Chimney sweeping brushes are an oft-needed theatre prop required for plays, particularly those set in 19th century London. Chimney brushes are not a common commodity and, thus, are rarely available for purchase; but their simple shape makes them easy for a props builder to fabricate from scratch.
Form several artificial tree branches into a disk-shaped brush top. Some artificial trees already come in pieces of this shape, but if the pieces are smaller and attached to wire, arrange them in a circle with the wire sides in, then twist together the wires at the centre using vice grips. If you need extra wire length, untwist a coat hanger and use it to wrap the pieces together. Wrap tightly to make the finished piece as secure as you can. Make sure that the edges of the disk are even; if they aren't, trim them with tin snips.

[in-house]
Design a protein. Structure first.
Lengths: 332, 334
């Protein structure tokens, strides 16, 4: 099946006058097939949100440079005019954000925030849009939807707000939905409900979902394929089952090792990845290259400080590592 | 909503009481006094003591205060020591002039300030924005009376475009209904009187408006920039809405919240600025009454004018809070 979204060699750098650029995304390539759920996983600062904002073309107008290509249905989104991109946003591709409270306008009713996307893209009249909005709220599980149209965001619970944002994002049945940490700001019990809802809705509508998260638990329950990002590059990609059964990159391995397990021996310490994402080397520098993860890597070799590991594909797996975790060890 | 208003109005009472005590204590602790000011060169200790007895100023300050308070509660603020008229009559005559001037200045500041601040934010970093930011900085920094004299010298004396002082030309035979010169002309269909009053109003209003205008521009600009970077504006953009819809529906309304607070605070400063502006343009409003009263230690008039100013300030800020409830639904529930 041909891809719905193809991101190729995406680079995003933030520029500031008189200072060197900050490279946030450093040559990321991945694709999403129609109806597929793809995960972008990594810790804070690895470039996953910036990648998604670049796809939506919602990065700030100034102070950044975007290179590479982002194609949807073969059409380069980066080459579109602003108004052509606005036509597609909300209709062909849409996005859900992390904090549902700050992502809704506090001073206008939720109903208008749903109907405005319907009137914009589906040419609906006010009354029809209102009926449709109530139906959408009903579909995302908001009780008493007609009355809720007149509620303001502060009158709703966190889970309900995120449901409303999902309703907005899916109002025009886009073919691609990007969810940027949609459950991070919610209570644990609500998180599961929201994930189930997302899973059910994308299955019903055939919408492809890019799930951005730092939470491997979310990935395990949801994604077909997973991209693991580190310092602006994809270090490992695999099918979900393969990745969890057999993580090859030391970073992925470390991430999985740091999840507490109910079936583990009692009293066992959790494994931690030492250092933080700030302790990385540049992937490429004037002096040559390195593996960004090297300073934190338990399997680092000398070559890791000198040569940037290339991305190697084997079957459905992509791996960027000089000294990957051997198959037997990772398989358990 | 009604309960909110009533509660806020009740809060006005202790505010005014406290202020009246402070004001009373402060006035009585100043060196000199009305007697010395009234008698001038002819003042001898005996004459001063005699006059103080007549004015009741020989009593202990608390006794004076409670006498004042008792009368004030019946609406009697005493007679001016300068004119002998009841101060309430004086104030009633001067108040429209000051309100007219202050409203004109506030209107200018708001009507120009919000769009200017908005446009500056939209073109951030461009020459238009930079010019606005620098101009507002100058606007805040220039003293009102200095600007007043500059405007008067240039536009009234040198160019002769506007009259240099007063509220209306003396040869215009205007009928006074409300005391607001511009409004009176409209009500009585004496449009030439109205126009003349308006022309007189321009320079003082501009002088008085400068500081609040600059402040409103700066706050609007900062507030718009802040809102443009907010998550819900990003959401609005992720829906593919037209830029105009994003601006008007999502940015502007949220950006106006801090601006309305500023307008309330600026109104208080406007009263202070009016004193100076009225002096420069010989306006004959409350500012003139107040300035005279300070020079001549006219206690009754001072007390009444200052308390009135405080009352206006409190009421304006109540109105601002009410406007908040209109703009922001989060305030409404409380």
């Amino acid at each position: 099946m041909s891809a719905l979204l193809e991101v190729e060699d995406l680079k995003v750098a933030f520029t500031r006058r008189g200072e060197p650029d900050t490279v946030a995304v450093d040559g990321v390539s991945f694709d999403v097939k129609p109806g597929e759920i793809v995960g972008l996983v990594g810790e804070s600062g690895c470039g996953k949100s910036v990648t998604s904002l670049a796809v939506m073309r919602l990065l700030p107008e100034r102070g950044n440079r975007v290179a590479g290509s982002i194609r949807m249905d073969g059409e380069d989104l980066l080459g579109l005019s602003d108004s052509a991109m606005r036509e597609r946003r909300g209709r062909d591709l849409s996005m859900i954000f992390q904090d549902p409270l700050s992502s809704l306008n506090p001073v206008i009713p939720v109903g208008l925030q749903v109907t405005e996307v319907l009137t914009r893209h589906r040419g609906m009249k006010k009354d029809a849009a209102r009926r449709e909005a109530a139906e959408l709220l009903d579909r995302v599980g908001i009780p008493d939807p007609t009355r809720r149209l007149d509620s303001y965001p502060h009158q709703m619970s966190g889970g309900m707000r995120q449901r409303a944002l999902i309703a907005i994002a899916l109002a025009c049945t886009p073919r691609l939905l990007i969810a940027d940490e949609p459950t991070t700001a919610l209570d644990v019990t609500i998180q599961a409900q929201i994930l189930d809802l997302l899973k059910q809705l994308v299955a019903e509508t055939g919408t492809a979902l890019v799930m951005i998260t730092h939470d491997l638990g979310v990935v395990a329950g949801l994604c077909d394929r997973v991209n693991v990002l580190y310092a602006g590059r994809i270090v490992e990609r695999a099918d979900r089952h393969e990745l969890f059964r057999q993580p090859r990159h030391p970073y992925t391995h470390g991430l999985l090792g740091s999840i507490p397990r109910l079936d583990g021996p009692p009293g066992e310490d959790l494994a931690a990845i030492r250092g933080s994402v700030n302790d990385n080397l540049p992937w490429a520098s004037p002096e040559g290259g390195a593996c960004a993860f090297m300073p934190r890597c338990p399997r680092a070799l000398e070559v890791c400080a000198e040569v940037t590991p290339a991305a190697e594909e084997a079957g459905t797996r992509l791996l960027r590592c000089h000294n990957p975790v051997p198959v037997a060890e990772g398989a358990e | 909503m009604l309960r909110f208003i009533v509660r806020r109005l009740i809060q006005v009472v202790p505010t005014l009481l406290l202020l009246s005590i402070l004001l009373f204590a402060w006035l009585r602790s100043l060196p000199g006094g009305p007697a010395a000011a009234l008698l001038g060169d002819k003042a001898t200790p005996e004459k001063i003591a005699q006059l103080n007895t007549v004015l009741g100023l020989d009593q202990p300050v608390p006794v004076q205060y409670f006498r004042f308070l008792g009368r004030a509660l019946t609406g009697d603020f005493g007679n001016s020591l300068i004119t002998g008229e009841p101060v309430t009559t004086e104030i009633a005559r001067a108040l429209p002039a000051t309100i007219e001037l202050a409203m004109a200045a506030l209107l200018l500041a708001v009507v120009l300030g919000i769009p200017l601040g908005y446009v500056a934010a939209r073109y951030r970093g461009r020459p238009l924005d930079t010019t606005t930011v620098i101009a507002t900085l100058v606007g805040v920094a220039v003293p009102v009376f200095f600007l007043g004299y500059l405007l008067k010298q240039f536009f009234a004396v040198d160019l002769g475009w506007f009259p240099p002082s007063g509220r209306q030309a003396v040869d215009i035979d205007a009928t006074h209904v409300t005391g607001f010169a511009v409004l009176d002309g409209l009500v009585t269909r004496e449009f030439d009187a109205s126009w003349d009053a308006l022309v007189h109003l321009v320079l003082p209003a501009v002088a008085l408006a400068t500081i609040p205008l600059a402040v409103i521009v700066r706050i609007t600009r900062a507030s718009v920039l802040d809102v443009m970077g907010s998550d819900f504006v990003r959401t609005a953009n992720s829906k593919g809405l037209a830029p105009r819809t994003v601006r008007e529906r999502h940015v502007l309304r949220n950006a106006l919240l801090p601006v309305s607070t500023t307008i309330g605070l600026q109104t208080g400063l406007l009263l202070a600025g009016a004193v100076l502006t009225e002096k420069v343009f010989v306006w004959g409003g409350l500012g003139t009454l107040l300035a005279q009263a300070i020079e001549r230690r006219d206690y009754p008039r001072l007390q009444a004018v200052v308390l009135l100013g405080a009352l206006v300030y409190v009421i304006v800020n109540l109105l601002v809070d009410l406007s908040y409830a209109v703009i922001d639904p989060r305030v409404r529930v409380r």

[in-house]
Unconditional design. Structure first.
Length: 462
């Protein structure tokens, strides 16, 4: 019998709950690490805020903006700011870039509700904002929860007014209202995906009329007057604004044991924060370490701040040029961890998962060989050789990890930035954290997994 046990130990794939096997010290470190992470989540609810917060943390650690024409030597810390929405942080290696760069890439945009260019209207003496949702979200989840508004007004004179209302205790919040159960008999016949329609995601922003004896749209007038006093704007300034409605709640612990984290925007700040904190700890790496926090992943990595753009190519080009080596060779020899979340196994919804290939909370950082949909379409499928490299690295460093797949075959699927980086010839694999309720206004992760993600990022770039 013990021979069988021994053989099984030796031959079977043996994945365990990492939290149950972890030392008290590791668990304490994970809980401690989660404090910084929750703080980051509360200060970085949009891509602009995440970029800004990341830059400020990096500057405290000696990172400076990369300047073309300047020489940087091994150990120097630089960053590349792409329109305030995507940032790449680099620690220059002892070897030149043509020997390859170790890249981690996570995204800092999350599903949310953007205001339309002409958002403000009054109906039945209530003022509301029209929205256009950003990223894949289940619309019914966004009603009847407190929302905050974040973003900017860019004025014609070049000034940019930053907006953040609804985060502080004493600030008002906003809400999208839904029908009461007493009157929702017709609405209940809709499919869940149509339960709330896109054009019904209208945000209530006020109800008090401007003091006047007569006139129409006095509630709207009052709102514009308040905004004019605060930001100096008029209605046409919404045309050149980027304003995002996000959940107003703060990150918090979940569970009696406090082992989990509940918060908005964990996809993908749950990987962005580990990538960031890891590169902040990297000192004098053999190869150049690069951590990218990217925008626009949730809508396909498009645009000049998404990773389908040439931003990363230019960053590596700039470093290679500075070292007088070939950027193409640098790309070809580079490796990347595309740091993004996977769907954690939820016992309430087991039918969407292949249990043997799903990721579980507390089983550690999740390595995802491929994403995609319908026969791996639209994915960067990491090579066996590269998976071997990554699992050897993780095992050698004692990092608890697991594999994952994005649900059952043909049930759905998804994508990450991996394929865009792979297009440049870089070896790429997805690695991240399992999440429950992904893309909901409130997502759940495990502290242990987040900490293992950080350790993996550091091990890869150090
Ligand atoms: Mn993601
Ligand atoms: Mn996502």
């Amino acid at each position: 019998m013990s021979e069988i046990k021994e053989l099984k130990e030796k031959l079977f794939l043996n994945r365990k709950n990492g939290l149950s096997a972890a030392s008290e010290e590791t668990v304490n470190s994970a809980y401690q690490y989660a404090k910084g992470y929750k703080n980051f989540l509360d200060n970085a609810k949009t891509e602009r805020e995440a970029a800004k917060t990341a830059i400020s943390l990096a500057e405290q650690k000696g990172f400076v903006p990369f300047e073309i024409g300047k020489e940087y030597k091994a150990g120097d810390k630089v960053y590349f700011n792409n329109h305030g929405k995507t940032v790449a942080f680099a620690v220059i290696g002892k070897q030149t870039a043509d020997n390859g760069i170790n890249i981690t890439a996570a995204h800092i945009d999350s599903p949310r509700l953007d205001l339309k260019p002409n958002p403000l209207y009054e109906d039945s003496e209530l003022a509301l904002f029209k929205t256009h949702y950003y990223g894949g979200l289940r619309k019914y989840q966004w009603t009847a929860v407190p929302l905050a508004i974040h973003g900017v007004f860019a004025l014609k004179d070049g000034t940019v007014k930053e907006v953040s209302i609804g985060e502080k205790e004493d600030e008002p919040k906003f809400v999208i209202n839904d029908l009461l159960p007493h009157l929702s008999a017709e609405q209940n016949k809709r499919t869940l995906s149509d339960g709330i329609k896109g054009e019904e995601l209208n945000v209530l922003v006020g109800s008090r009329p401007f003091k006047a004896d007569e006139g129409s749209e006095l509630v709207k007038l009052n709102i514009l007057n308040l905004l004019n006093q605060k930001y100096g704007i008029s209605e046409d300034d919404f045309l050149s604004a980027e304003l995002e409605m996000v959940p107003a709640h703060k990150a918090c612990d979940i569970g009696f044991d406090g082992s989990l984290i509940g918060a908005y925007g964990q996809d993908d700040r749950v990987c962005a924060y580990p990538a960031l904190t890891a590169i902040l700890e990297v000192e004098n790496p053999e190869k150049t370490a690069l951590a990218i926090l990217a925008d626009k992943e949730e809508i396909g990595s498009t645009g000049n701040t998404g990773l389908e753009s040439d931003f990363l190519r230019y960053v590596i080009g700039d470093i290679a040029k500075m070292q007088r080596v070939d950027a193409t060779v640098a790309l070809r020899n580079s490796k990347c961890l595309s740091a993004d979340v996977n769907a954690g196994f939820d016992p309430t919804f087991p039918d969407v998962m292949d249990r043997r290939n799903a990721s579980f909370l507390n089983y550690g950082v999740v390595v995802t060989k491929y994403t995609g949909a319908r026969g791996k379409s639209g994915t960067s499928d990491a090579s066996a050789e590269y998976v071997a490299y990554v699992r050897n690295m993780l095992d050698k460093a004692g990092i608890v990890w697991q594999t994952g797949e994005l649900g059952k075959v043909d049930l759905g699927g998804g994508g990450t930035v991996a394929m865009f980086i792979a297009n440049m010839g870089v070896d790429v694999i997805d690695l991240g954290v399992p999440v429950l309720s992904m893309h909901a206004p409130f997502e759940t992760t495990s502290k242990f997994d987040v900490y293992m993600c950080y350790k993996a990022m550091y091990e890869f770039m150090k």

Attach the brush top to the top of the curtain rod. Place the tip of the rod in the centre circle of the disk of brushes (it's OK if the centre hole isn't big enough to insert the rod) and secure it in place with duct tape. Wrap the tape up the length of the end of the rod, over the centre of the brush disk, then down the other side of the rod. Do this many times until the brush is fastened securely enough that you can shake it about without the brushes flopping around or falling off.
Spray paint the rod and the brush. Apply black spray paint to the entire apparatus. Pay careful attention to make sure that you fully cover the green tree branches with paint. Let it dry according to the instructions on the can of paint.
Add some soot. Coat the finished chimney sweep brush with ground up paper ash to give it a grainy texture. Spray with fixative if you don't want the soot falling away from the brush during scenes, but leave it loose if you'd like to create the visual effect of the brush spreading soot to everything in its vicinity.